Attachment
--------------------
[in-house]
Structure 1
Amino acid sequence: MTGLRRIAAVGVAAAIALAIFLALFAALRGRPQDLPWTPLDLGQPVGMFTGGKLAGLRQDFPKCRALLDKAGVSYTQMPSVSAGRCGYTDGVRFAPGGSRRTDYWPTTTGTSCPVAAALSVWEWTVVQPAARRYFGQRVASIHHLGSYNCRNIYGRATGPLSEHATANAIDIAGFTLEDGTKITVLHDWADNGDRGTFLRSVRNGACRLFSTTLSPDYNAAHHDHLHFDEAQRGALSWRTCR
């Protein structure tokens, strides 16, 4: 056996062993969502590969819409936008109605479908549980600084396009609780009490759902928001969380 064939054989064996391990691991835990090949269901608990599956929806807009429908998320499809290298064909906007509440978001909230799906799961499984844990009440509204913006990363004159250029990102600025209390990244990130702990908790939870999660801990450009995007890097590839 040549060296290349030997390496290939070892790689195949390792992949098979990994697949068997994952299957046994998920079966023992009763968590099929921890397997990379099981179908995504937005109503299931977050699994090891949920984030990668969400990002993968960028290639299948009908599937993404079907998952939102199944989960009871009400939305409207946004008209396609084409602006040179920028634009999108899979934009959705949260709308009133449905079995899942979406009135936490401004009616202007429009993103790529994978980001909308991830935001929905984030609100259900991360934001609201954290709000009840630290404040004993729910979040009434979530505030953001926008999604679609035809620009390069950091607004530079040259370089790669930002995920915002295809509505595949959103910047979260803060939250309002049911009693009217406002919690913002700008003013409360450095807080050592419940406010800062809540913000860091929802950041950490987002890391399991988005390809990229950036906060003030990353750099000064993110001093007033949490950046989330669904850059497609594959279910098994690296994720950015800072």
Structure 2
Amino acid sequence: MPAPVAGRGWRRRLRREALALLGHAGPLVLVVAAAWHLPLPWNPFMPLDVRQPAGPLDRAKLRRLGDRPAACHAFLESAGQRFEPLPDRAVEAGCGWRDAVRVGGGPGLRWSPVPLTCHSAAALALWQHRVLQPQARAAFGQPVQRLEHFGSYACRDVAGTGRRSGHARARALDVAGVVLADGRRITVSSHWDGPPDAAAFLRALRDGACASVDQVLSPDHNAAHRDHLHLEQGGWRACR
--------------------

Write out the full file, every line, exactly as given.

[in-house]
Structure 1
Amino acid sequence: MTGLRRIAAVGVAAAIALAIFLALFAALRGRPQDLPWTPLDLGQPVGMFTGGKLAGLRQDFPKCRALLDKAGVSYTQMPSVSAGRCGYTDGVRFAPGGSRRTDYWPTTTGTSCPVAAALSVWEWTVVQPAARRYFGQRVASIHHLGSYNCRNIYGRATGPLSEHATANAIDIAGFTLEDGTKITVLHDWADNGDRGTFLRSVRNGACRLFSTTLSPDYNAAHHDHLHFDEAQRGALSWRTCR
């Protein structure tokens, strides 16, 4: 056996062993969502590969819409936008109605479908549980600084396009609780009490759902928001969380 064939054989064996391990691991835990090949269901608990599956929806807009429908998320499809290298064909906007509440978001909230799906799961499984844990009440509204913006990363004159250029990102600025209390990244990130702990908790939870999660801990450009995007890097590839 040549060296290349030997390496290939070892790689195949390792992949098979990994697949068997994952299957046994998920079966023992009763968590099929921890397997990379099981179908995504937005109503299931977050699994090891949920984030990668969400990002993968960028290639299948009908599937993404079907998952939102199944989960009871009400939305409207946004008209396609084409602006040179920028634009999108899979934009959705949260709308009133449905079995899942979406009135936490401004009616202007429009993103790529994978980001909308991830935001929905984030609100259900991360934001609201954290709000009840630290404040004993729910979040009434979530505030953001926008999604679609035809620009390069950091607004530079040259370089790669930002995920915002295809509505595949959103910047979260803060939250309002049911009693009217406002919690913002700008003013409360450095807080050592419940406010800062809540913000860091929802950041950490987002890391399991988005390809990229950036906060003030990353750099000064993110001093007033949490950046989330669904850059497609594959279910098994690296994720950015800072």
Structure 2
Amino acid sequence: MPAPVAGRGWRRRLRREALALLGHAGPLVLVVAAAWHLPLPWNPFMPLDVRQPAGPLDRAKLRRLGDRPAACHAFLESAGQRFEPLPDRAVEAGCGWRDAVRVGGGPGLRWSPVPLTCHSAAALALWQHRVLQPQARAAFGQPVQRLEHFGSYACRDVAGTGRRSGHARARALDVAGVVLADGRRITVSSHWDGPPDAAAFLRALRDGACASVDQVLSPDHNAAHRDHLHLEQGGWRACR